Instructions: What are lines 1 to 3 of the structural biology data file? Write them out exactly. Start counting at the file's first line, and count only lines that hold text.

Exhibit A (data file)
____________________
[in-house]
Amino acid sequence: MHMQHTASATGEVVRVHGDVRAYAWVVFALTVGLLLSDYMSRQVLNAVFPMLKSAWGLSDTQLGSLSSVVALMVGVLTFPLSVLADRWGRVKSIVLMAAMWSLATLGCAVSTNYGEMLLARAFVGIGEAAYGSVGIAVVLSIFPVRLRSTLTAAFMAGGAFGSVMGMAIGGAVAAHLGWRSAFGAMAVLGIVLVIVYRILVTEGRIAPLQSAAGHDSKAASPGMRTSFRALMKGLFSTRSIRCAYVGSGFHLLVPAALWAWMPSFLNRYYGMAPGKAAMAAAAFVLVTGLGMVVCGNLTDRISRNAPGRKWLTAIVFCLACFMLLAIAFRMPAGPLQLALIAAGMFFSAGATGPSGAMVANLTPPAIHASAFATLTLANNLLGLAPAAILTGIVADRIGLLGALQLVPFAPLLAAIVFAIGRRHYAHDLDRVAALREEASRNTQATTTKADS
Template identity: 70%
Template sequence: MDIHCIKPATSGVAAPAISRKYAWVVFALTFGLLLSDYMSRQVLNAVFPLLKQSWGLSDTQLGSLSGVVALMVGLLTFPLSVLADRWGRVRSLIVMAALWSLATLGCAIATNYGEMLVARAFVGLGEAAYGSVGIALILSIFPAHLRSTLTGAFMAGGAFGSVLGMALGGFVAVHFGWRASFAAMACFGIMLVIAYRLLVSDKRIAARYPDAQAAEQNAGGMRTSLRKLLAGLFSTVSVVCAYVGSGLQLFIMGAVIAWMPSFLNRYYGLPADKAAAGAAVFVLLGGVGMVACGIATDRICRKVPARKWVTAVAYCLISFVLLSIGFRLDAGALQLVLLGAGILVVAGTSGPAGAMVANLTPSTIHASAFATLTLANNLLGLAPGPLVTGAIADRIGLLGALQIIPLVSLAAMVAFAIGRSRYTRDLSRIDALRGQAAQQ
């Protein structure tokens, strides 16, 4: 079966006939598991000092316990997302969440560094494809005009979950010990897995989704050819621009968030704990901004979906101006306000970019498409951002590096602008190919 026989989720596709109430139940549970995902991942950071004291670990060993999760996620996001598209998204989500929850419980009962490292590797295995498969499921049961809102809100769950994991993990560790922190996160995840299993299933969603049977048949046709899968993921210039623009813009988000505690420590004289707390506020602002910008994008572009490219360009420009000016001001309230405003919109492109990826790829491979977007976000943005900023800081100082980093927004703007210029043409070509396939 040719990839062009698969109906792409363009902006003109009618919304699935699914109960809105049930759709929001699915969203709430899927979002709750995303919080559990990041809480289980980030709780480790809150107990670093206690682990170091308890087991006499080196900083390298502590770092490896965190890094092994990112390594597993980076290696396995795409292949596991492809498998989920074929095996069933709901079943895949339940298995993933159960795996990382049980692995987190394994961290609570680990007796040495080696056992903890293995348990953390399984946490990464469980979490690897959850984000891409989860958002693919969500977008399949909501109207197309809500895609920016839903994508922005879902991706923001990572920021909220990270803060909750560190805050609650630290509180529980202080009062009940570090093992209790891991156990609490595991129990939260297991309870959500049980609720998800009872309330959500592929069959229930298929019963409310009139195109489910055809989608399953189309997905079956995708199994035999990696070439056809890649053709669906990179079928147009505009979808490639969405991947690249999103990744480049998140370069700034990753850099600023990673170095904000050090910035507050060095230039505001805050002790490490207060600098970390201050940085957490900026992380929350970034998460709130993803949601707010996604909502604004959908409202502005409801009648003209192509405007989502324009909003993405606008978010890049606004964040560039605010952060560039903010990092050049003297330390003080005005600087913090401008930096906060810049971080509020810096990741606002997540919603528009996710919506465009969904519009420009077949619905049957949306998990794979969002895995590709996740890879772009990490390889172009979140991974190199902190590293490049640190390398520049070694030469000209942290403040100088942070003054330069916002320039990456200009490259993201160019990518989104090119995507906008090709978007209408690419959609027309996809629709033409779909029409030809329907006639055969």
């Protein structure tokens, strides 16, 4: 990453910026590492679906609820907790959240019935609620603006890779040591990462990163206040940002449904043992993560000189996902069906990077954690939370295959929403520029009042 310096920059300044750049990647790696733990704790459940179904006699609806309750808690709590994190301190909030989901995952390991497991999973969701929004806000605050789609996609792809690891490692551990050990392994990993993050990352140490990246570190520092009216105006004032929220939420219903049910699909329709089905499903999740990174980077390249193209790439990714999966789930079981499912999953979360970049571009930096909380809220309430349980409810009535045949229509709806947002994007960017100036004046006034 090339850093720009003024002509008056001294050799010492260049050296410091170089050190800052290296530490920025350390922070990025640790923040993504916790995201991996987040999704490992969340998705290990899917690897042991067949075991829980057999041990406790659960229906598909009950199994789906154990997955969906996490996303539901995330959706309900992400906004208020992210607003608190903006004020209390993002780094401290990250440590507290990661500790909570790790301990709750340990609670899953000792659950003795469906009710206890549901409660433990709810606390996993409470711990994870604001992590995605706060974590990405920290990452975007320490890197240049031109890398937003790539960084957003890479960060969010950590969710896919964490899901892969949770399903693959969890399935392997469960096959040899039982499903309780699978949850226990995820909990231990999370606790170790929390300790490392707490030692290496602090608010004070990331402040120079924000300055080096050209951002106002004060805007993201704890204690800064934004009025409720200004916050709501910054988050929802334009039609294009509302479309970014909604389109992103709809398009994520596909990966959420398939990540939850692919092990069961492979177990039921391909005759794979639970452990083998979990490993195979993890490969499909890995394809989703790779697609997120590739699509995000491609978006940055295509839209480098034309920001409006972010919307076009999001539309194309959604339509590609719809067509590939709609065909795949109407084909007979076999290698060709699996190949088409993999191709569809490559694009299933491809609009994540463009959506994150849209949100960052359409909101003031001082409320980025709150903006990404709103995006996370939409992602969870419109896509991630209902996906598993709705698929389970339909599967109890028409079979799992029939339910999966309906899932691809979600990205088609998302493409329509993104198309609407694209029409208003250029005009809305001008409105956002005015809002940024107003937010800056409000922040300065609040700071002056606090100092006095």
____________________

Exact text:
[in-house]
Amino acid sequence: MHMQHTASATGEVVRVHGDVRAYAWVVFALTVGLLLSDYMSRQVLNAVFPMLKSAWGLSDTQLGSLSSVVALMVGVLTFPLSVLADRWGRVKSIVLMAAMWSLATLGCAVSTNYGEMLLARAFVGIGEAAYGSVGIAVVLSIFPVRLRSTLTAAFMAGGAFGSVMGMAIGGAVAAHLGWRSAFGAMAVLGIVLVIVYRILVTEGRIAPLQSAAGHDSKAASPGMRTSFRALMKGLFSTRSIRCAYVGSGFHLLVPAALWAWMPSFLNRYYGMAPGKAAMAAAAFVLVTGLGMVVCGNLTDRISRNAPGRKWLTAIVFCLACFMLLAIAFRMPAGPLQLALIAAGMFFSAGATGPSGAMVANLTPPAIHASAFATLTLANNLLGLAPAAILTGIVADRIGLLGALQLVPFAPLLAAIVFAIGRRHYAHDLDRVAALREEASRNTQATTTKADS
Template identity: 70%